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Musical Instruments For Children



What instrument should my child play? Choosing the right instrument is a critical first step in your child’s music education.  If your son chooses the wrong instrument, the experience of learning to play will be much less enjoyable—both for him and for you!  How can you help him get it right?

  1. Be a Musical Family. Learning and practicing is hard; if your child is interested in music and wants to learn to play, it will be much easier for her to stick with it. Play music for your child as she sleeps.  Sing songs with your child and dance.  Codabear kits include songs and movement activities that offer a great start, but feel free to choreograph your own family dances to your child’s favorite tunes.  If your child grows up in a musical world, she’ll be more likely to want to play along!
  2. Help Your Child Imagine Playing. There’s a world of difference between dancing in the kitchen and practicing a tricky ensemble piece.  You can help your son or daughter to develop the motivation to learn and practice by introducing a world of musicians.  Take your children to performances—whether to the symphony or to the local school concert.  Point out the different instruments and ask your child to imagine being a part of the band or orchestra.  Ask him what his favorites are.
  3. Learn the Sounds that Instruments Make. Listen to classical music and help your son or daughter to identify the parts that are played by each instrument.  A string quartet or a jazz band includes few enough musicians to distinguish the individual parts.  Peter and the Wolf is another great resource:  designed specifically to introduce children to music, each character is represented by a different instrument or set of instruments.
  4. Consider Your Child’s Physical Abilities. Smaller instruments—such as clarinets, violins, and flutes—are easier to tote and carry.  However, if your child has a large frame, it might be rewarding to explore the cello, trombone, or saxophone.  Long fingers help with piano-playing, and dexterity is important for the oboe.  Large lips and straight front teeth are helpful for brass instruments such as the trumpet and tuba; if your child does not yet have adult front teeth, be prepared for some challenges as she learns a wind or brass instrument.
  5. Consider Your Child’s Temperament. Some children may have personalities or intellectual abilities that will make it easier to learn certain instruments.  Here are a few questions to ask yourself:
  • Is my child careful and responsible? Musical instruments are expensive.  If your child is unlikely to take good care of his or her instrument, it might be important to start with a less expensive instrument, such as the recorder, flute, or clarinet.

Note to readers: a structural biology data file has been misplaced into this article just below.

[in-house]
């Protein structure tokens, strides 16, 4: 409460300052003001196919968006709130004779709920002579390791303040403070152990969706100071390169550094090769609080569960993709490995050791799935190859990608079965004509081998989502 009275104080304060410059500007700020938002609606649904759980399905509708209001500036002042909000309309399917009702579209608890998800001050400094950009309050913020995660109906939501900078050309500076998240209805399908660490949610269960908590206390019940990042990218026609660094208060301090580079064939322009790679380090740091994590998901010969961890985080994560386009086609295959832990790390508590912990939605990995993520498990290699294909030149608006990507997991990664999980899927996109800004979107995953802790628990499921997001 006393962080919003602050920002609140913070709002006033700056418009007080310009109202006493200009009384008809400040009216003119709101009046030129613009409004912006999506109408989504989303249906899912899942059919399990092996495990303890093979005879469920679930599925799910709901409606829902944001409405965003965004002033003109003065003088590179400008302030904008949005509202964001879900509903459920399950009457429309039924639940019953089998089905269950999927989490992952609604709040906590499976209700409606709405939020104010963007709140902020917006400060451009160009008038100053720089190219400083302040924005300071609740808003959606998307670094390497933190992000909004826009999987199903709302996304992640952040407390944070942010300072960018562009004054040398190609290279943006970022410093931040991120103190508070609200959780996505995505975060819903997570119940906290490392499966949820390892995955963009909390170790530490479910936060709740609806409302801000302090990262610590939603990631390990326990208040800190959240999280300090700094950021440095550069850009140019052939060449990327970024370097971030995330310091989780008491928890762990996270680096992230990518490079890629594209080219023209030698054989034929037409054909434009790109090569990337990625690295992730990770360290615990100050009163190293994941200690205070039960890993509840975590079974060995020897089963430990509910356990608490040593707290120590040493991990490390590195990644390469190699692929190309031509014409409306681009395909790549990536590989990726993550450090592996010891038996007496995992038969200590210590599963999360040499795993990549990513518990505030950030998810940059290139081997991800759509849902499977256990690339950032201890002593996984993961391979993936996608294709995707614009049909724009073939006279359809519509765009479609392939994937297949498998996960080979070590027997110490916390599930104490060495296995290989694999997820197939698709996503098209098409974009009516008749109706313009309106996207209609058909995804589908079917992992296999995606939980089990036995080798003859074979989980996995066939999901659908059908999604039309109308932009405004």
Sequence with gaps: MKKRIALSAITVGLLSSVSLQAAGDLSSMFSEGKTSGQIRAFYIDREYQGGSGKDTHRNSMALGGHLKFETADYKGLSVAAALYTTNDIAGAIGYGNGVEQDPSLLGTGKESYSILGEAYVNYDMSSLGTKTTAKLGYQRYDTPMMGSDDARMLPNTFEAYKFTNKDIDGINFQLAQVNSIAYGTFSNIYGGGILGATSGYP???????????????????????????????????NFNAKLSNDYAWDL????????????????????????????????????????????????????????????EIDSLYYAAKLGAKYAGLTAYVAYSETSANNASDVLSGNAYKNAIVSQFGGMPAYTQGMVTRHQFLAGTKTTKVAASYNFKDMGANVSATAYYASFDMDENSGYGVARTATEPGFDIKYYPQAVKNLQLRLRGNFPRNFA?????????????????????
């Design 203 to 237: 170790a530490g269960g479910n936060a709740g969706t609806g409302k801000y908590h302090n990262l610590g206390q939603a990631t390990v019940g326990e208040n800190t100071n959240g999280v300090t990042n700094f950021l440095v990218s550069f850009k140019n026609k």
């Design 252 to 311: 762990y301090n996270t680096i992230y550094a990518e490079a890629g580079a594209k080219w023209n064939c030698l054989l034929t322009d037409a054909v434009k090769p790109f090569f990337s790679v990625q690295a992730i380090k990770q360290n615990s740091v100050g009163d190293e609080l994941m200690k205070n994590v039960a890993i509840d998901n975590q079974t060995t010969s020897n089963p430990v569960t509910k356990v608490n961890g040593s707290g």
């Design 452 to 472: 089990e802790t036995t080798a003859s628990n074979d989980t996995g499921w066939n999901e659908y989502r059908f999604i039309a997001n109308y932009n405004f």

• Is my child intelligent and analytical? Some instruments—such as the oboe—are very difficult and require strong intellectual abilities.  Analytical inclinations may help your child succeed at the piano, which requires an ability to break down parts of the melody and harmony.
  • Is my child an extrovert? If so, he or she might prefer to play an instrument that is often featured in a solo.  A flute, trumpet, violin or saxophone might be a good choice.  Introverted children might prefer a clarinet or cello.
  1. Give Small Children a Foundation in Music. Small children often start with the violin or piano.  These instruments can be played by very small people, and offer an early education in musical principles that can be translated to other instruments later in life.  Those who start on the violin might progress to a viola, cello, guitar, or bass.  Those who start on a clarinet might move to larger woodwinds, such as the larger clarinets or saxophones or the bassoon.  A small child might start on a cornet and progress to trumpet, trombone, tuba, or French horn.
  2. Think Outside the Box. Many children love playing in the percussion section, and vocal lessons can offer all the benefits of a musical education without the investment in the hardware. If your child is 8 or older, give him or her the opportunity to consider less common instruments that might be in high demand, such as the piccolo, viola, baritone, or bassoon.
  3. Give Your Child Choices. The jury is still out as to whether it is important to force a child to learn an instrument.  Musical education comes with a host of benefits, but when children feel forced to learn instruments they sometimes miss out on the pleasure that is supposed to accompany musical education.  Once you’ve considered the tips above, pick out a few instruments for your child to choose from, and talk about the special things that distinguish them.  Then let her follow her heart.